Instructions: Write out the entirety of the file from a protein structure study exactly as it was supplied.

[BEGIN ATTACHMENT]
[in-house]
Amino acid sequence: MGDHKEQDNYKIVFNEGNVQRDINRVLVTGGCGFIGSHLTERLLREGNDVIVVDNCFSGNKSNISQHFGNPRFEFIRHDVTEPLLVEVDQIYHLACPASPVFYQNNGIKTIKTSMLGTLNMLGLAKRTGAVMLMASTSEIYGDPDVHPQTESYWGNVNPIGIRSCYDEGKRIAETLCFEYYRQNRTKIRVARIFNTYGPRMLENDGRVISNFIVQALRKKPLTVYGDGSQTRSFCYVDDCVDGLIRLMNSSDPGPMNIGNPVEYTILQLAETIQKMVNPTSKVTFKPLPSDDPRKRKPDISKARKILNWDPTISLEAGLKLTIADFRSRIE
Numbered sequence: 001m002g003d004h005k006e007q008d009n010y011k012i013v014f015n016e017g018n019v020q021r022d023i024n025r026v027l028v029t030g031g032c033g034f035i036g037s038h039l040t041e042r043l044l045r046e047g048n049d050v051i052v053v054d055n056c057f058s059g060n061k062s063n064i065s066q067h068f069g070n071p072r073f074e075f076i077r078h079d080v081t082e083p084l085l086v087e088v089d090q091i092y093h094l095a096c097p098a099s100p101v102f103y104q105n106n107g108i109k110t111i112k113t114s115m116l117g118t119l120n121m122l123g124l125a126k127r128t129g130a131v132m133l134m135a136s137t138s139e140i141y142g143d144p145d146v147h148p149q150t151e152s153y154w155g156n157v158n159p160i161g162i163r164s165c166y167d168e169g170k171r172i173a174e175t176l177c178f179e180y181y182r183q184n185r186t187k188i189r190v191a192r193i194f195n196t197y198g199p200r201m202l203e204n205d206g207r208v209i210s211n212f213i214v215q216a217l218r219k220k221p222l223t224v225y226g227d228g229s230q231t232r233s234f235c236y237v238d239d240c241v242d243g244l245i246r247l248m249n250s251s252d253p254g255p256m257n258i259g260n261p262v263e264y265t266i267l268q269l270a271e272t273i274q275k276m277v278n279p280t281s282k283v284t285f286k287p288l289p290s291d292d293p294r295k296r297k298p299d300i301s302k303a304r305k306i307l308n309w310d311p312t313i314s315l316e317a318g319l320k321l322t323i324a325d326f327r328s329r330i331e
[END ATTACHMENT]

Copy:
[in-house]
Amino acid sequence: MGDHKEQDNYKIVFNEGNVQRDINRVLVTGGCGFIGSHLTERLLREGNDVIVVDNCFSGNKSNISQHFGNPRFEFIRHDVTEPLLVEVDQIYHLACPASPVFYQNNGIKTIKTSMLGTLNMLGLAKRTGAVMLMASTSEIYGDPDVHPQTESYWGNVNPIGIRSCYDEGKRIAETLCFEYYRQNRTKIRVARIFNTYGPRMLENDGRVISNFIVQALRKKPLTVYGDGSQTRSFCYVDDCVDGLIRLMNSSDPGPMNIGNPVEYTILQLAETIQKMVNPTSKVTFKPLPSDDPRKRKPDISKARKILNWDPTISLEAGLKLTIADFRSRIE
Numbered sequence: 001m002g003d004h005k006e007q008d009n010y011k012i013v014f015n016e017g018n019v020q021r022d023i024n025r026v027l028v029t030g031g032c033g034f035i036g037s038h039l040t041e042r043l044l045r046e047g048n049d050v051i052v053v054d055n056c057f058s059g060n061k062s063n064i065s066q067h068f069g070n071p072r073f074e075f076i077r078h079d080v081t082e083p084l085l086v087e088v089d090q091i092y093h094l095a096c097p098a099s100p101v102f103y104q105n106n107g108i109k110t111i112k113t114s115m116l117g118t119l120n121m122l123g124l125a126k127r128t129g130a131v132m133l134m135a136s137t138s139e140i141y142g143d144p145d146v147h148p149q150t151e152s153y154w155g156n157v158n159p160i161g162i163r164s165c166y167d168e169g170k171r172i173a174e175t176l177c178f179e180y181y182r183q184n185r186t187k188i189r190v191a192r193i194f195n196t197y198g199p200r201m202l203e204n205d206g207r208v209i210s211n212f213i214v215q216a217l218r219k220k221p222l223t224v225y226g227d228g229s230q231t232r233s234f235c236y237v238d239d240c241v242d243g244l245i246r247l248m249n250s251s252d253p254g255p256m257n258i259g260n261p262v263e264y265t266i267l268q269l270a271e272t273i274q275k276m277v278n279p280t281s282k283v284t285f286k287p288l289p290s291d292d293p294r295k296r297k298p299d300i301s302k303a304r305k306i307l308n309w310d311p312t313i314s315l316e317a318g319l320k321l322t323i324a325d326f327r328s329r330i331e